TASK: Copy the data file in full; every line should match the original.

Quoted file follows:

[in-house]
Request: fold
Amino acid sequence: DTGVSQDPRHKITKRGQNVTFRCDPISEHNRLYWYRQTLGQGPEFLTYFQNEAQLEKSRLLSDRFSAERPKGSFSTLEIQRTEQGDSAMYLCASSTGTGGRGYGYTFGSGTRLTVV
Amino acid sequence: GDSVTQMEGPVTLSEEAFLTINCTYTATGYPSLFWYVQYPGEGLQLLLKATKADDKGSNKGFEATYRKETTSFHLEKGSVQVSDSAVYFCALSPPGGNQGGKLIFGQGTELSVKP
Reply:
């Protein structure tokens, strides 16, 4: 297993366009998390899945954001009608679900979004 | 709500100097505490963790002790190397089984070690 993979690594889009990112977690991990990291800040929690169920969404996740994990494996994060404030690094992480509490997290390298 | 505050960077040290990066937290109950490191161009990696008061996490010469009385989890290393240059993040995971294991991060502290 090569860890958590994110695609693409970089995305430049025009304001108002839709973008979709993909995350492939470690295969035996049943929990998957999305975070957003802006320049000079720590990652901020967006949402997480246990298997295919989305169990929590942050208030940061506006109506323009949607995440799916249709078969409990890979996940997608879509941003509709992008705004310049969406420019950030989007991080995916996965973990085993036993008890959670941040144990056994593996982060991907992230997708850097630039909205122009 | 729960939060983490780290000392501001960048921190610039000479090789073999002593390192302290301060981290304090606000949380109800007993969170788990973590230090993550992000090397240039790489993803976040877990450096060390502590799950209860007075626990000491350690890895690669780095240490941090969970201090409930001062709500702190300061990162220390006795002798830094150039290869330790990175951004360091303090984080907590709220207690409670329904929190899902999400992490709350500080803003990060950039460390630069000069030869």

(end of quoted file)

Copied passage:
[in-house]
Request: fold
Amino acid sequence: DTGVSQDPRHKITKRGQNVTFRCDPISEHNRLYWYRQTLGQGPEFLTYFQNEAQLEKSRLLSDRFSAERPKGSFSTLEIQRTEQGDSAMYLCASSTGTGGRGYGYTFGSGTRLTVV
Amino acid sequence: GDSVTQMEGPVTLSEEAFLTINCTYTATGYPSLFWYVQYPGEGLQLLLKATKADDKGSNKGFEATYRKETTSFHLEKGSVQVSDSAVYFCALSPPGGNQGGKLIFGQGTELSVKP
Reply:
């Protein structure tokens, strides 16, 4: 297993366009998390899945954001009608679900979004 | 709500100097505490963790002790190397089984070690 993979690594889009990112977690991990990291800040929690169920969404996740994990494996994060404030690094992480509490997290390298 | 505050960077040290990066937290109950490191161009990696008061996490010469009385989890290393240059993040995971294991991060502290 090569860890958590994110695609693409970089995305430049025009304001108002839709973008979709993909995350492939470690295969035996049943929990998957999305975070957003802006320049000079720590990652901020967006949402997480246990298997295919989305169990929590942050208030940061506006109506323009949607995440799916249709078969409990890979996940997608879509941003509709992008705004310049969406420019950030989007991080995916996965973990085993036993008890959670941040144990056994593996982060991907992230997708850097630039909205122009 | 729960939060983490780290000392501001960048921190610039000479090789073999002593390192302290301060981290304090606000949380109800007993969170788990973590230090993550992000090397240039790489993803976040877990450096060390502590799950209860007075626990000491350690890895690669780095240490941090969970201090409930001062709500702190300061990162220390006795002798830094150039290869330790990175951004360091303090984080907590709220207690409670329904929190899902999400992490709350500080803003990060950039460390630069000069030869």